Studies show that most businesses either never reopen following a disaster or close within a year. An even more poignant truth is that most disasters can easily be mitigated, if not avoided entirely. All it takes is a robust business continuity plan to ensure that operations can resume as soon as possible or, better still, continue without disruption. Every business should plan for the worst, but that’s not to say it’s easy. Here are three big challenges to overcome:
#1. Aligning disaster recovery with business imperatives
While there are plenty of disaster recovery planning templates to help you get started, there’s no such thing as a solution that works for every business. No two organizations are the same, and it’s crucial that your plan aligns with your business goals and priorities. Every plan starts with a list of business processes ordered by priority. Naturally, mission-critical processes will take precedence over ancillary processes that your business can survive without for an extended period of time.
Every business process covered in the plan should have its own recovery point objective (RPO) and recovery time objective (RTO). This refers to how much data you can afford to lose and how much time it should take to get that process back up and running. These parameters will help you prioritize more effectively and determine the optimal frequency for backing up your data. Each application and process will definitely have a different RPO and RTO.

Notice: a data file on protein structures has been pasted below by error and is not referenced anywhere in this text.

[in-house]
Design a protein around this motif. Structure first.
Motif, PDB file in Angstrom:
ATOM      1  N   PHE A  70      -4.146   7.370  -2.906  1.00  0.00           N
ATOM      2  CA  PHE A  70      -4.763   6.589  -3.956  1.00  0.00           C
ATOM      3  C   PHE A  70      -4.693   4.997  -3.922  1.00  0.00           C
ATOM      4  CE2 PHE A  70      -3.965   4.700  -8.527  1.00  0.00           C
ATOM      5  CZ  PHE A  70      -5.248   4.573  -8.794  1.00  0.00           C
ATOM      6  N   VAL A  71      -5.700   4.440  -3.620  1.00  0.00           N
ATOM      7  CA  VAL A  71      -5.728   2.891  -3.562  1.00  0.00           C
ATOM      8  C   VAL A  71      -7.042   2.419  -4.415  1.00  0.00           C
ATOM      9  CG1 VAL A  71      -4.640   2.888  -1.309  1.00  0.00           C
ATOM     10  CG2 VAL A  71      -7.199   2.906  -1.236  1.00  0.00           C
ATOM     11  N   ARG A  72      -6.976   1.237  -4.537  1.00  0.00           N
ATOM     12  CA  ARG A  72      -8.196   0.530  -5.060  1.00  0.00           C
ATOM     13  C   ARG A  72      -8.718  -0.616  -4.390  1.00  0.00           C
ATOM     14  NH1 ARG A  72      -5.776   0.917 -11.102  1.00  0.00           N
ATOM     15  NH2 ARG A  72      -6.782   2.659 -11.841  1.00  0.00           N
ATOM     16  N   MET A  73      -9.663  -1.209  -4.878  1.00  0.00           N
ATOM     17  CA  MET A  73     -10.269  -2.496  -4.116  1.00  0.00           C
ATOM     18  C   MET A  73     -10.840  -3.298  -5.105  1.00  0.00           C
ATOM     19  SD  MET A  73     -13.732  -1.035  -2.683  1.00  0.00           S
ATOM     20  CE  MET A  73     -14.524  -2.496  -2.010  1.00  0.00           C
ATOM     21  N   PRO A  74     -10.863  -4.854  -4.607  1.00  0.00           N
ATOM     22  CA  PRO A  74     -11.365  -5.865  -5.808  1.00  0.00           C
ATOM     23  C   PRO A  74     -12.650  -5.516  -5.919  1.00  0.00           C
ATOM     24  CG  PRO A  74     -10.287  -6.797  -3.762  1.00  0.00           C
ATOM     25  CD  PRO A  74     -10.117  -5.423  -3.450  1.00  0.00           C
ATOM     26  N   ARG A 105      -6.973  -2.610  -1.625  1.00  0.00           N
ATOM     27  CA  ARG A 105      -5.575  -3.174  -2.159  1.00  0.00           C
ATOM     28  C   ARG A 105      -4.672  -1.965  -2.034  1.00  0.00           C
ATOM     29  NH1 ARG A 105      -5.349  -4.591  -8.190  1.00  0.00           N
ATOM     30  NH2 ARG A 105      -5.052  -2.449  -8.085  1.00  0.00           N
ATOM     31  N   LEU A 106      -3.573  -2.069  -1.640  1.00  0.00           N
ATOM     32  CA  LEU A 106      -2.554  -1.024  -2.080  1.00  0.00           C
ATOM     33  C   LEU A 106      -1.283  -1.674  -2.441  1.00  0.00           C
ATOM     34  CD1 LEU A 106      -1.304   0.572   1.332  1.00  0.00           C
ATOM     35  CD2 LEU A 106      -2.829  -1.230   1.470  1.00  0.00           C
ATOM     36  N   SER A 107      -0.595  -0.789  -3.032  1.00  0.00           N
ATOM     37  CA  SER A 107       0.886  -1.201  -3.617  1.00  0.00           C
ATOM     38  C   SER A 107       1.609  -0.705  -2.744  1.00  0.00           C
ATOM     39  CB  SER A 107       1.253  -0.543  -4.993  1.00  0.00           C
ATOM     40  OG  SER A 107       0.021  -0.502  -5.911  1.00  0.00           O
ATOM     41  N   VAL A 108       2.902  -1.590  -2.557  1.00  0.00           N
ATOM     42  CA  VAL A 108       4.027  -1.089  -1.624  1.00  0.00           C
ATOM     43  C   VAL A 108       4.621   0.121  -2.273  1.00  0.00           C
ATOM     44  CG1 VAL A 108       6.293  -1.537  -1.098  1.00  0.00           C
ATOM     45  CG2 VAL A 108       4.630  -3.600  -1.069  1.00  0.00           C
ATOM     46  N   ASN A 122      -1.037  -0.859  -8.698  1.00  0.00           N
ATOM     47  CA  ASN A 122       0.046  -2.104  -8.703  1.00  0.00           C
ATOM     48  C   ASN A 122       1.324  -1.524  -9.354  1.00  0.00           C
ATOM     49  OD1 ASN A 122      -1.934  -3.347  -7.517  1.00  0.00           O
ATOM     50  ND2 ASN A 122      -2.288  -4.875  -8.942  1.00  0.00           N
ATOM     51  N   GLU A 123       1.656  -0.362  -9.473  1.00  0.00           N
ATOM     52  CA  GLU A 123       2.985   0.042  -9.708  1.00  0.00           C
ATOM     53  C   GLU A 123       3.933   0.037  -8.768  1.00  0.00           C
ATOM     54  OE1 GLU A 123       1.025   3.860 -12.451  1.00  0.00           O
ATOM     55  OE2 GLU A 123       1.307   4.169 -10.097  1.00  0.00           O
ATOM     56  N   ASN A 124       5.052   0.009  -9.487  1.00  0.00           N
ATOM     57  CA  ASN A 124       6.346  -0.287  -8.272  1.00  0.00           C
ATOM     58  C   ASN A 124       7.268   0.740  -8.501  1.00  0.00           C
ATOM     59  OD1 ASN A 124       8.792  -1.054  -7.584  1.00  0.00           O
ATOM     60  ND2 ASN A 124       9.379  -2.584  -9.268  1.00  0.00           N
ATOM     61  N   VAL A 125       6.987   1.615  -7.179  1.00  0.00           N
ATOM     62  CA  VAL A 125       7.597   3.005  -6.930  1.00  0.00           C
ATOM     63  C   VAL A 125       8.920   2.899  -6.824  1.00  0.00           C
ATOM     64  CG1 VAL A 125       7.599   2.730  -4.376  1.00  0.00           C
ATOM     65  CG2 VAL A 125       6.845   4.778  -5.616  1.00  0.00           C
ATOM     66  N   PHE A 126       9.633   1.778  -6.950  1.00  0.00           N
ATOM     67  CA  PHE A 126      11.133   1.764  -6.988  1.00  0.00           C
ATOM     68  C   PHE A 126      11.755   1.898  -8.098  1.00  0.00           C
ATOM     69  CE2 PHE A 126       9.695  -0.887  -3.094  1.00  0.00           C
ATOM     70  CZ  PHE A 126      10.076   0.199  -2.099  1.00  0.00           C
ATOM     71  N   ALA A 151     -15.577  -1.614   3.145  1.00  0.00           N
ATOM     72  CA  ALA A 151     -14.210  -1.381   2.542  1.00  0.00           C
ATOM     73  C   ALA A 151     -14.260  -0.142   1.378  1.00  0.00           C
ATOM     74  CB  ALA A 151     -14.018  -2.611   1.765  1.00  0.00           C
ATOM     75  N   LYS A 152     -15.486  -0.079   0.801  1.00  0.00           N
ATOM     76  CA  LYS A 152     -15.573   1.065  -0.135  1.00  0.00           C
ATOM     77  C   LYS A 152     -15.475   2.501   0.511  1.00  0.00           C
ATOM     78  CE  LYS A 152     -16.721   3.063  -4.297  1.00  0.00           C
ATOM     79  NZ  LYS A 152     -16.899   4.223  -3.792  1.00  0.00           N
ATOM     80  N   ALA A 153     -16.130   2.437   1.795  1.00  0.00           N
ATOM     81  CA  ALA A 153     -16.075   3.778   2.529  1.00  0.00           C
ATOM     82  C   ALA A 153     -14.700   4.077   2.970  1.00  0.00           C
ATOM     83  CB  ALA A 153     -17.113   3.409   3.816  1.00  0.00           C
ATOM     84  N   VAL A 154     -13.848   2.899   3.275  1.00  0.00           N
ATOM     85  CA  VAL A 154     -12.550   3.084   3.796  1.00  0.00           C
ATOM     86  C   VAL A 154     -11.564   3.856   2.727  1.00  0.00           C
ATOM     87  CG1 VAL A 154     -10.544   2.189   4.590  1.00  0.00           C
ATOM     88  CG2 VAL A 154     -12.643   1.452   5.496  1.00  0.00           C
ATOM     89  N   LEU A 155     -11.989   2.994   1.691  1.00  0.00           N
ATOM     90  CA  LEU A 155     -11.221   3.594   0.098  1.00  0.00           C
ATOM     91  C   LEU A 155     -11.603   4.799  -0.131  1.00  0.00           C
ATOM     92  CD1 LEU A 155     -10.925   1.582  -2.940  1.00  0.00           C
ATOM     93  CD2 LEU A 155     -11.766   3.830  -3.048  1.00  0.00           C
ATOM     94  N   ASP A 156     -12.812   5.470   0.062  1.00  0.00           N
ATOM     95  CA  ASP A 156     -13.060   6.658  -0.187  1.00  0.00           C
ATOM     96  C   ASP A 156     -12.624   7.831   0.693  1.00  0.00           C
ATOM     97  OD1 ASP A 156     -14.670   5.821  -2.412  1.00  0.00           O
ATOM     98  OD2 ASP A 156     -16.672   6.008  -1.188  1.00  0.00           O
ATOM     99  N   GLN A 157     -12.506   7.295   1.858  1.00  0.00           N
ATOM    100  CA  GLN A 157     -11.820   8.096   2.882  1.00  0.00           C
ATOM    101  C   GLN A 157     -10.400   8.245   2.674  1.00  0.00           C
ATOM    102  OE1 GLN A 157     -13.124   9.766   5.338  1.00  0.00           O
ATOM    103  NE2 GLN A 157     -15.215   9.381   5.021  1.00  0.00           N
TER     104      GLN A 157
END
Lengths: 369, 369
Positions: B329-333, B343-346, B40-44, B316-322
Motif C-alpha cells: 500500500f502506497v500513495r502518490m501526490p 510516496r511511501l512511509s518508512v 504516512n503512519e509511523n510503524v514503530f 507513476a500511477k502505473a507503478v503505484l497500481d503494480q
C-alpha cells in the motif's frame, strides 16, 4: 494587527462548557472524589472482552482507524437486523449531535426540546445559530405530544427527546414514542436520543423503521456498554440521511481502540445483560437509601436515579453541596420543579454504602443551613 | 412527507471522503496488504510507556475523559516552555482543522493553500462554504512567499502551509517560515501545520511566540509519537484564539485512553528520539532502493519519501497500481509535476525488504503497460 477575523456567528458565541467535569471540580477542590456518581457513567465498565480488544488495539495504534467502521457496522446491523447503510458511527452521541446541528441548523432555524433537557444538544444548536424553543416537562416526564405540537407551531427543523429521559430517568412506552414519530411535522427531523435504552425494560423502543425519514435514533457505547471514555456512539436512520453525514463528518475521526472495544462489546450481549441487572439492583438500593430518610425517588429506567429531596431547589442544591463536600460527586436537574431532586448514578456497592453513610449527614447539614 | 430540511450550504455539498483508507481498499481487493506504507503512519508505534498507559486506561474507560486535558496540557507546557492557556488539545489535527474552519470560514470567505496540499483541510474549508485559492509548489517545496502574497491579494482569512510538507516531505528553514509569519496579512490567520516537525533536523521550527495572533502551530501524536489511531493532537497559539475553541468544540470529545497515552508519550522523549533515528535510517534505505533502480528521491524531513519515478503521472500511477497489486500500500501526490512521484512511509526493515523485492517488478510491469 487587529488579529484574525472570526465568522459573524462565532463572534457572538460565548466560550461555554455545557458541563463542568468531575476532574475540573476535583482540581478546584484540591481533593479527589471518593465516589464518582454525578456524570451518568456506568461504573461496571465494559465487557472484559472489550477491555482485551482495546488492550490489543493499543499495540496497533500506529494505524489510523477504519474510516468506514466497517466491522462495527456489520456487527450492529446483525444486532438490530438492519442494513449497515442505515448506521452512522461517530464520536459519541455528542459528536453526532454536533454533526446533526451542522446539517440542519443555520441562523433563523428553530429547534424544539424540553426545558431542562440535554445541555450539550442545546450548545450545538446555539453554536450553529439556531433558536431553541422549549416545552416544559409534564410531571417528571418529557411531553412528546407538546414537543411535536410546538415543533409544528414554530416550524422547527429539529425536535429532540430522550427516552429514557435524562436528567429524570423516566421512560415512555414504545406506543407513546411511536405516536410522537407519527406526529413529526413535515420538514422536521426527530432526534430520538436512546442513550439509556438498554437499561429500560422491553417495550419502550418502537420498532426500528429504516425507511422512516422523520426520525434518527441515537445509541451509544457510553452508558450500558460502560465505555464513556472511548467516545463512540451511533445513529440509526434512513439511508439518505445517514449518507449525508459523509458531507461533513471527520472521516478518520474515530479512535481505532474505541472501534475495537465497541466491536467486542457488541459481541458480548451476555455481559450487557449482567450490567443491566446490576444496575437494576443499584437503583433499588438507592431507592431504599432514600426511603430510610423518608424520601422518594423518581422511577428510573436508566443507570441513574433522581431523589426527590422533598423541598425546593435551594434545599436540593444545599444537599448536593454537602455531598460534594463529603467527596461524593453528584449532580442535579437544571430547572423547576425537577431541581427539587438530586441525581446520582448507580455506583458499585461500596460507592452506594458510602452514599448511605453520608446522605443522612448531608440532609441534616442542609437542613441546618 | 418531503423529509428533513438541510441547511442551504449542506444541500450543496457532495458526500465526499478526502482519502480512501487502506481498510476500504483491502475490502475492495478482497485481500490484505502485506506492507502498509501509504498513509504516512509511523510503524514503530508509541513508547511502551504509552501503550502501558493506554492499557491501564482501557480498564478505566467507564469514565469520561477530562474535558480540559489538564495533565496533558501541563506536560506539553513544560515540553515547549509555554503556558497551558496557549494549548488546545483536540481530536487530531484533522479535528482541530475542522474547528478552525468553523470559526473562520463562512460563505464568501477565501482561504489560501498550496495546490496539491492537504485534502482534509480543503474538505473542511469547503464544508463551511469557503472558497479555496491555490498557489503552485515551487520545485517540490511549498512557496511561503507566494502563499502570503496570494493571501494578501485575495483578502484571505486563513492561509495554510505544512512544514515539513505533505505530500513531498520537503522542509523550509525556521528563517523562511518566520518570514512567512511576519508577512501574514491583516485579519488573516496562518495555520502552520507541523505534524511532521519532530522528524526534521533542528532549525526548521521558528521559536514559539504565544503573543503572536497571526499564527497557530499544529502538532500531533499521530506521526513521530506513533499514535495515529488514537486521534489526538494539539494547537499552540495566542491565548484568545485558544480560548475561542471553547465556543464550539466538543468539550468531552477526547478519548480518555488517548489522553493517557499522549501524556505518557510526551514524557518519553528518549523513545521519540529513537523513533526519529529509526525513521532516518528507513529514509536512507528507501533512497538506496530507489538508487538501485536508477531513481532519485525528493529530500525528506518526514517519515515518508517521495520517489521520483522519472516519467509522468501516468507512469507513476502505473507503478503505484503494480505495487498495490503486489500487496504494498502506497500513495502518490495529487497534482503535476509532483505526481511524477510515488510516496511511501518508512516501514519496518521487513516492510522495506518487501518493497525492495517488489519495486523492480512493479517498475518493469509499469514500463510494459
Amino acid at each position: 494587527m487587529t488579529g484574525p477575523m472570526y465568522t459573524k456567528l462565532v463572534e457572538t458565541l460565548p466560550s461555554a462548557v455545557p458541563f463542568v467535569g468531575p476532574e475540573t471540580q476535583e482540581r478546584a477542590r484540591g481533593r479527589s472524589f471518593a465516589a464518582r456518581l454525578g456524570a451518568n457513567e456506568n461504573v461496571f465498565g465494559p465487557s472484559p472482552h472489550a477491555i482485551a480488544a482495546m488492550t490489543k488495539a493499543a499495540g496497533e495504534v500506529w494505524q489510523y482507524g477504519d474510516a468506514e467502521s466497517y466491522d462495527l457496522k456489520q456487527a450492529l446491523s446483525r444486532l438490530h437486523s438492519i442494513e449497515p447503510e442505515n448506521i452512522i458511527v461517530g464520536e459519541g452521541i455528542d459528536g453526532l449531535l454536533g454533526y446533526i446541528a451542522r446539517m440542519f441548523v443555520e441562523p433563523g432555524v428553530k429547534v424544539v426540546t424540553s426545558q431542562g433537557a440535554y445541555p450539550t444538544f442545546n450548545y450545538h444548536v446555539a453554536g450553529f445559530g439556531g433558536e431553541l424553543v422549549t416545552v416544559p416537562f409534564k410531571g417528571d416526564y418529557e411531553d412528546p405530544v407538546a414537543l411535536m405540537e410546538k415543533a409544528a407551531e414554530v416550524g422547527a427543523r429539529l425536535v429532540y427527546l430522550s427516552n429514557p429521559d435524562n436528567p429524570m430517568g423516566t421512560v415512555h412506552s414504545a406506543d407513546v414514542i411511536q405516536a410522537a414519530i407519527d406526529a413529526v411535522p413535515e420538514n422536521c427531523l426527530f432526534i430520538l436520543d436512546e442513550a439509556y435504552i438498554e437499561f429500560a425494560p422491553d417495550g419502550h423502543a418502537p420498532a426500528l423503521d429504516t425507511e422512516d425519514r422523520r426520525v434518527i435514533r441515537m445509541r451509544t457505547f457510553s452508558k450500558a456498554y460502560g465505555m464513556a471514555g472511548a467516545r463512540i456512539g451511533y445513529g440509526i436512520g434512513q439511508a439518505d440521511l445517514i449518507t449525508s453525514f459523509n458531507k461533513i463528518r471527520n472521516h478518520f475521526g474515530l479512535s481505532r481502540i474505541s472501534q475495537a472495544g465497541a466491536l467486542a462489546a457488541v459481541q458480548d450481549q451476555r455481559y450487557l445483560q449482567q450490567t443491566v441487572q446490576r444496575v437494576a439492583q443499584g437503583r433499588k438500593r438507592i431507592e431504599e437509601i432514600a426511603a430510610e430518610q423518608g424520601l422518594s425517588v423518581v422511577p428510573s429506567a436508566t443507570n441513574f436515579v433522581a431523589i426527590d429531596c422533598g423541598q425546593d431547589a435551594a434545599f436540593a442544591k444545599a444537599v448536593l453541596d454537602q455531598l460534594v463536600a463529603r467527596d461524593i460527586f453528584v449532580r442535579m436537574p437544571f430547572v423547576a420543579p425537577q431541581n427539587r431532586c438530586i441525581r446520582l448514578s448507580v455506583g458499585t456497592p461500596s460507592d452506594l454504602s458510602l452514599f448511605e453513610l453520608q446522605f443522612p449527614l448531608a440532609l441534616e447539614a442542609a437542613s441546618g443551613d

#2. Leveraging redundancies to minimize disruption
Backing up data is just a small part of business continuity and disaster recovery planning. It’s not nearly enough to just have a process for copying everything over to a removable media or a backup storage network. Furthermore, if all your backups are stored in-house, any disaster that renders your primary workspace unusable could also claim your backups. Even off-site backups may still be in danger if they’re incorporated in your main business network.
Having off-site redundancies, such as virtual machines stored in remote data centers, will prepare your business for any eventuality. By moving your operations to the cloud and adding disaster recovery into the process, many instances of data loss will even go unnoticed as your redundant systems roll into action instead. By having at least two copies of every application and data-bearing resource, you can mitigate IT disruption.
#3. Fulfilling industry compliance and security obligations
One of the many benefits of migrating to the cloud is that it comes with far more options for backup and disaster recovery. However, many disaster recovery teams don’t realize that data stored in the cloud is their responsibility. Although they know that the data is theirs, they often make the mistake of assuming that their provider is entirely responsible for compliance with data security and privacy regulations.
Although many cloud vendors use a shared responsibility model, as outlined in their service level agreements (SLAs), it’s ultimately up to you to choose providers that are themselves fully compliant with any regulations concerning your industry. However, it’s still up to you to protect your data with the right combination of user-level measures and organization-level protection. It’s also worth noting that having a documented disaster recovery plan is a legal requirement for many organizations.
Are you hoping for technology that works just the way you want it to without constantly living in fear that your business will fall victim to the next big disaster? Midwest Data Center gives you peace of mind. Call us today to find out how.